As we see the subtle energies of the elements in the body and how our breath flows through and feeds our body with energy, life force, vibration; we see the seamless progression from body to emotions.  Our emotions are vibration, strong or weak, fast or slow, that create a feeling state in our body.  For example, we may feel joy in our heart, anger in our stomach, fists, or jaw; sadness in our throat or belly, etc.  Some of these experiences may seem universal and perhaps the way you experience them feels quite unique.  I think it helps when we realize we are not alone on this journey.  We may feel so at different times in our lives but when we start reading books, talking to others and understanding more deeply psychology, physiology, and energy (science), we see that there are these universal experiences that connect us all.

The Buddha invites us to identify a feeling we are having as pleasant, unpleasant, or neutral and then to name the feeling.

"Our feelings are not separate from us or caused just by something outside of us.  Our feelings are us, and, for that moment, we are those feelings.  We needn't be intoxicated or terrorized by them, nor do we need to reject them.  The practice of not clinging to or rejecting feelings is an important part of mediation.  If we face our feelings with care, affection, and nonviolence, we can transform them into a kind of energy that is healthy and nourishing...Everything that takes place in our body and our mind needs to be looked after equally.  We don't fight.  We say hello to our feeling so we can get to know each other better.  Then, the next time that feeling arises, we will be able to greet it even more calmly."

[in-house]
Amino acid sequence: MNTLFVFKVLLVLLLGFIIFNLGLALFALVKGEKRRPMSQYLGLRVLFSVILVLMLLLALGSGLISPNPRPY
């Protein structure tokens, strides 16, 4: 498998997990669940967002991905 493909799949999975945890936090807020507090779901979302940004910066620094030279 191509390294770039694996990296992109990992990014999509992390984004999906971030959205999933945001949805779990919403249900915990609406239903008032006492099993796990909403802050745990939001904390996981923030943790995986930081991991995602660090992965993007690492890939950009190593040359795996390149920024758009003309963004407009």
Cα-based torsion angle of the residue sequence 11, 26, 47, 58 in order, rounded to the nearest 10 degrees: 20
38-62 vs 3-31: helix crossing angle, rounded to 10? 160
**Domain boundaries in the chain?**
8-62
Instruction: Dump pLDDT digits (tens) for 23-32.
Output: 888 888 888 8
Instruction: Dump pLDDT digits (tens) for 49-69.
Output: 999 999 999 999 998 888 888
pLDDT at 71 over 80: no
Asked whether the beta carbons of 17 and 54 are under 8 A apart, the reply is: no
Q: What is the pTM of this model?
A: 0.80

(pg. 72, The Heart of the Buddha's Teachings, by Thich Nhat Hanh)

Feelings are one of fifty-one kinds of mental formations according to the Buddha.  They are so important they get their very own category coming second only to the body in The Four Establishments of Mindfulness.  As we move onto the third establishment of mindfulness, mindfulness of the mind in the mind, we consider the other fifty mental formations and utilize the practice of naming them and recognizing them as wholesome or unwholesome.  Some are considered to be both depending on the circumstances.  "When our body and mind need rest, sleep is wholesome.  But if we sleep all the time, it can be unwholesome.  If we hurt someone and regret it, that regret is wholesome.  But if our regret leads to a guilt complex that colors whatever we do in the future, that regret can be called unwholesome." (pg. 73)

Here are some examples:

Wholesome mental formations: "faith, humility, self-respect, non-craving, non-anger, non-ignorance, diligence, ease, care, equanimity, and non-violence." (pg. 73)

Unwholesome mental formations (sometimes called afflictions, obscurations, leaks, or setbacks): "greed, hatred, ignorance, pride, doubt, views; anger, malice, hypocrisy malevolence, jealousy, selfishness, deception, guile, immodesty, arrogance, dullness, agitation, lack of faith, indolence, carelessness, forgetfulness, distraction, lack of attention." (pg. 74)

The buddha teaches that all fifty-one mental formations reside in our store consciousness.  We can think of them as seeds.  When the conditions are sufficient, they rise up to our mind consciousness.  If it is a wholesome one, we want to use mindfulness to keep it alive.  If it is an unwholesome one, we want to use our mindfulness to embrace it, transform it and return it to our store consciousness.